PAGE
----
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Treating neurodivergent clients in addiction

Journal of Substance Use, DOI:10.1080/14659891.2023.2212044

Treating neurodivergent clients in addiction


Cailyn Green & Bernadet DeJonge
State University of New York: Empire State University School of Human Services Saratoga, New York USA


Substance use does not discriminate against culture, religion, biology or social backgrounds (Erickson, 2011). In working with clients struggling with substance use issues, clinicians need to be aware that clients often have extremely unique and vastly different backgrounds. The term ‘neurodivergent’ is relatively new in the field of addiction science and was initially created to describe clients with different mental and neurological functions.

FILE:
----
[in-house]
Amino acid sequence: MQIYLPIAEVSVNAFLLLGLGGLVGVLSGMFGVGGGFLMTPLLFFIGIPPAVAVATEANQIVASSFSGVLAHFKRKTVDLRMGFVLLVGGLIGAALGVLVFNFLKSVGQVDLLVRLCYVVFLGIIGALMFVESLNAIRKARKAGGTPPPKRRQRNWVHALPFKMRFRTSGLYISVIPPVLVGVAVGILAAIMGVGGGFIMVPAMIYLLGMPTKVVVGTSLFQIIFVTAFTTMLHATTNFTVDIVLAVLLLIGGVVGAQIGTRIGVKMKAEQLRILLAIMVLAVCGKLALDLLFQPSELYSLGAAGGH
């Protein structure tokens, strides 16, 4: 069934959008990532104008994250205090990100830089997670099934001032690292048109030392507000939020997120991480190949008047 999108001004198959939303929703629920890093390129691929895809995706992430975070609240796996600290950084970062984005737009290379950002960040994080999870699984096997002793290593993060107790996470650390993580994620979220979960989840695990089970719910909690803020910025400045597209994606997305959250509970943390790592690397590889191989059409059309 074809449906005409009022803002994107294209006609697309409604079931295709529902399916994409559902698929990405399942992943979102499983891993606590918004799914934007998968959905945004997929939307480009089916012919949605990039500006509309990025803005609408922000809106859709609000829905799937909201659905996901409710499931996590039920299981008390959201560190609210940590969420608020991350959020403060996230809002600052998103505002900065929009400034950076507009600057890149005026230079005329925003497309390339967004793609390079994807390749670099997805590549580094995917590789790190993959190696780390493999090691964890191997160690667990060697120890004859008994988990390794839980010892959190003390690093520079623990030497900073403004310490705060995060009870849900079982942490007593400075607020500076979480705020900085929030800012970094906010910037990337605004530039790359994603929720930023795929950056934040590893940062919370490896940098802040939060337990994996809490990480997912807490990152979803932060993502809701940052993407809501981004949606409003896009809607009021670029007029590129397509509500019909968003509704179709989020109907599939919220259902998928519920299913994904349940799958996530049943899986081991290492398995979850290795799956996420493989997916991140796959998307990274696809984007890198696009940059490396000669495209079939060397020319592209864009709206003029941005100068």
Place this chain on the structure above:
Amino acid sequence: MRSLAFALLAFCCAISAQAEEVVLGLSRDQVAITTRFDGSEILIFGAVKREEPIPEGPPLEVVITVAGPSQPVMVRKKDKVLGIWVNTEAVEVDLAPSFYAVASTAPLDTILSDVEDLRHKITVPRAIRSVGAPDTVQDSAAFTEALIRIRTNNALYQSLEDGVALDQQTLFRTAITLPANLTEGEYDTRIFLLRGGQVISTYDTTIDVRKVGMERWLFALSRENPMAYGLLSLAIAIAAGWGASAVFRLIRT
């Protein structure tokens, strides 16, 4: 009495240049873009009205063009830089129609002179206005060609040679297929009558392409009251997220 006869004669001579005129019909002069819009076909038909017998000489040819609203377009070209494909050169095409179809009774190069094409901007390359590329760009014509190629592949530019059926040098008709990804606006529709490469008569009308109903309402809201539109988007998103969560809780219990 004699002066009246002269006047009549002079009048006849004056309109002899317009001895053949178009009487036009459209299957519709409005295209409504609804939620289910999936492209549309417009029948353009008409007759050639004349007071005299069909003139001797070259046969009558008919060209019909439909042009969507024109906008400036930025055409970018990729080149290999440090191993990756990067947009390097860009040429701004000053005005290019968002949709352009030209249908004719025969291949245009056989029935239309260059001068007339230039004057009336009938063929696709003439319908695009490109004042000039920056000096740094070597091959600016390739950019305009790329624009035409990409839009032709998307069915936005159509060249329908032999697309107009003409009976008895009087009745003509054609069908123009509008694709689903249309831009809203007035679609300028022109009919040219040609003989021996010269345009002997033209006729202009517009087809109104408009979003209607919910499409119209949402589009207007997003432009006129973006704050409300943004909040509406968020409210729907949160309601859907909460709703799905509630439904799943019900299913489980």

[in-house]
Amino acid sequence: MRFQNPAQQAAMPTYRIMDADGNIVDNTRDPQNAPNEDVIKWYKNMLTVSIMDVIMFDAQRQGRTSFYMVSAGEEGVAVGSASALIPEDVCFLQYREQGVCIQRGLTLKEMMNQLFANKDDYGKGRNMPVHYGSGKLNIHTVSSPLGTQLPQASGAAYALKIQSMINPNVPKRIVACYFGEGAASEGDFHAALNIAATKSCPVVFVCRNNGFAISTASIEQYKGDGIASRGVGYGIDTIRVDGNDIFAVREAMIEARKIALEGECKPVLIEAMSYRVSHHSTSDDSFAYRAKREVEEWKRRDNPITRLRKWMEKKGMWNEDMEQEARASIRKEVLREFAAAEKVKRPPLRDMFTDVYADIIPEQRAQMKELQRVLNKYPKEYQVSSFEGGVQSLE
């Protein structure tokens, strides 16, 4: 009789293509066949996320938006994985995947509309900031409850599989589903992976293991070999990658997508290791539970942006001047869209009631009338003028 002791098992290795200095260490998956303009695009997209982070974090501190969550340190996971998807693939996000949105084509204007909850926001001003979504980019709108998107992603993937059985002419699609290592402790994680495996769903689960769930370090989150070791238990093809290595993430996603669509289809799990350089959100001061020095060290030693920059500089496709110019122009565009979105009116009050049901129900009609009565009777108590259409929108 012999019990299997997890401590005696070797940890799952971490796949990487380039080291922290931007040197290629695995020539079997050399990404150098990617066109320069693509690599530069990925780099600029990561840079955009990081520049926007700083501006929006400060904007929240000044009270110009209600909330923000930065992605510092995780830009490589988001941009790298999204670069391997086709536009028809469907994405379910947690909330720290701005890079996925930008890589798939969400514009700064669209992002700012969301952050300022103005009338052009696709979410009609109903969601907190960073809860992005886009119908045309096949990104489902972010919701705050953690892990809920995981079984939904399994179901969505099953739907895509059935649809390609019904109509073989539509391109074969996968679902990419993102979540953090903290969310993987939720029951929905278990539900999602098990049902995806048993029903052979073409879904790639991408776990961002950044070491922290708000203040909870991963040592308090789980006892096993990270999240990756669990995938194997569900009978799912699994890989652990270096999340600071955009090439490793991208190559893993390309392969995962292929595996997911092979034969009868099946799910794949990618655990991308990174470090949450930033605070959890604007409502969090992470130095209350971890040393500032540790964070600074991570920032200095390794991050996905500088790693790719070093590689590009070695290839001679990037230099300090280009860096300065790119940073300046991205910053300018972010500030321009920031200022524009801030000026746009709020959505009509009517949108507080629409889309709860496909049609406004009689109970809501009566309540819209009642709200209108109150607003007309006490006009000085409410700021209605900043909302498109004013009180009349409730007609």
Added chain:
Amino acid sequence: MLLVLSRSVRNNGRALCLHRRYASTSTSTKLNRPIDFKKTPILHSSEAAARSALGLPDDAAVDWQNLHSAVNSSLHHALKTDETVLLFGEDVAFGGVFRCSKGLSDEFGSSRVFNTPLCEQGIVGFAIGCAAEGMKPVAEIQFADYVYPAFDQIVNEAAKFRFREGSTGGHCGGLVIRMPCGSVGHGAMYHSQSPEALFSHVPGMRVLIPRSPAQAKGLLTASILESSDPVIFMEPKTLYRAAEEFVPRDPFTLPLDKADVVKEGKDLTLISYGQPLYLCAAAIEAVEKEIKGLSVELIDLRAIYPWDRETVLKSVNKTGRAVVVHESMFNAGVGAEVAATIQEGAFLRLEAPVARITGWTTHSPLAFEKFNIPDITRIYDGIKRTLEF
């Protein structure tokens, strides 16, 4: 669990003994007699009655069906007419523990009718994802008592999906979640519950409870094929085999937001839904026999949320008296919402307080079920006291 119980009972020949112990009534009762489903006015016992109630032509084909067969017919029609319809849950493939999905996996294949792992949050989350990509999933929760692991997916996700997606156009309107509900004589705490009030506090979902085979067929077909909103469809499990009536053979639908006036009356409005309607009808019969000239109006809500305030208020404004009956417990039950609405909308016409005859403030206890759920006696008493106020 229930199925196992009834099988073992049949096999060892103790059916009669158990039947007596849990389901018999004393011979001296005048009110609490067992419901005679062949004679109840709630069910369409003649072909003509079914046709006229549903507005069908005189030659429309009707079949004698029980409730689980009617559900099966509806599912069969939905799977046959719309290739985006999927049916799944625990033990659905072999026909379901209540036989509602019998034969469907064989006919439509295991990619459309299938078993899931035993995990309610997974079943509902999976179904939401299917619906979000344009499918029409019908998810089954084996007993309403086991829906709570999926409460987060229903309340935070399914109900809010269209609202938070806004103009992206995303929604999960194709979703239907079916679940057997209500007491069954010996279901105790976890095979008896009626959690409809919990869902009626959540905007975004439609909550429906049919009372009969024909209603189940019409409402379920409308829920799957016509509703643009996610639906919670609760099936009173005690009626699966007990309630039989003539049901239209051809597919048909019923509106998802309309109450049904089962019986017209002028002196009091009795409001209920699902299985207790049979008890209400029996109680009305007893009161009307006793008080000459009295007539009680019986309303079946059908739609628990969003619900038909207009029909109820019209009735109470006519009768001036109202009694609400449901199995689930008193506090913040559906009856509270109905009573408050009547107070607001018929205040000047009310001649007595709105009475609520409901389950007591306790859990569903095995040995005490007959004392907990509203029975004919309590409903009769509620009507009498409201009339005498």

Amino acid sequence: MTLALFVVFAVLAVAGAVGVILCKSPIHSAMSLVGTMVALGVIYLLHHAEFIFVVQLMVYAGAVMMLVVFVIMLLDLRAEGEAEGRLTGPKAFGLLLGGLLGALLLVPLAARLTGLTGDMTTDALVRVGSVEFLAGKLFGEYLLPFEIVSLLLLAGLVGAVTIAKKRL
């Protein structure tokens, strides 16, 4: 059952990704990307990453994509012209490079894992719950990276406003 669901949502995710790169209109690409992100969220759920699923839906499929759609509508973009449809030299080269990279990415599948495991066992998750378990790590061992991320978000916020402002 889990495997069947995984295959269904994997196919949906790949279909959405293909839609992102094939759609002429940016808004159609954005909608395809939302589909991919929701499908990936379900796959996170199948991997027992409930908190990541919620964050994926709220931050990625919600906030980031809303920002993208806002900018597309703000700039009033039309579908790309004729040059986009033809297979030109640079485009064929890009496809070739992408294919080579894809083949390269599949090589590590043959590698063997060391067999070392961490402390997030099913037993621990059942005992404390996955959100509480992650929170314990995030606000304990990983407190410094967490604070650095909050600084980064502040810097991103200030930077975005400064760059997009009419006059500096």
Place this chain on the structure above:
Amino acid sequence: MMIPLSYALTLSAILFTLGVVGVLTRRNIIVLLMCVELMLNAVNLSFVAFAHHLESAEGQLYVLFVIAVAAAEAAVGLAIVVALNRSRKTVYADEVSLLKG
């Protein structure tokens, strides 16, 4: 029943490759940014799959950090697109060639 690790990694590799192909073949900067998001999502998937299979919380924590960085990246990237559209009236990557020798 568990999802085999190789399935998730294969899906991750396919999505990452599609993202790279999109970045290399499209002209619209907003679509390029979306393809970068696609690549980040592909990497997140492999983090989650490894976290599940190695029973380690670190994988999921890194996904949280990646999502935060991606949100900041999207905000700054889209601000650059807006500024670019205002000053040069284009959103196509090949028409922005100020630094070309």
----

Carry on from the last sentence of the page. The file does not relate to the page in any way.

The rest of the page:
Examples include ADHD, intellectual disabilities, obsessive compulsive disabilities and autism spectrum disorders (Kornblau & Robertson, 2021). Neurodivergency as a term has gained
traction, and currently there is a movement in the field of Human Services to better serve clients with these diagnoses.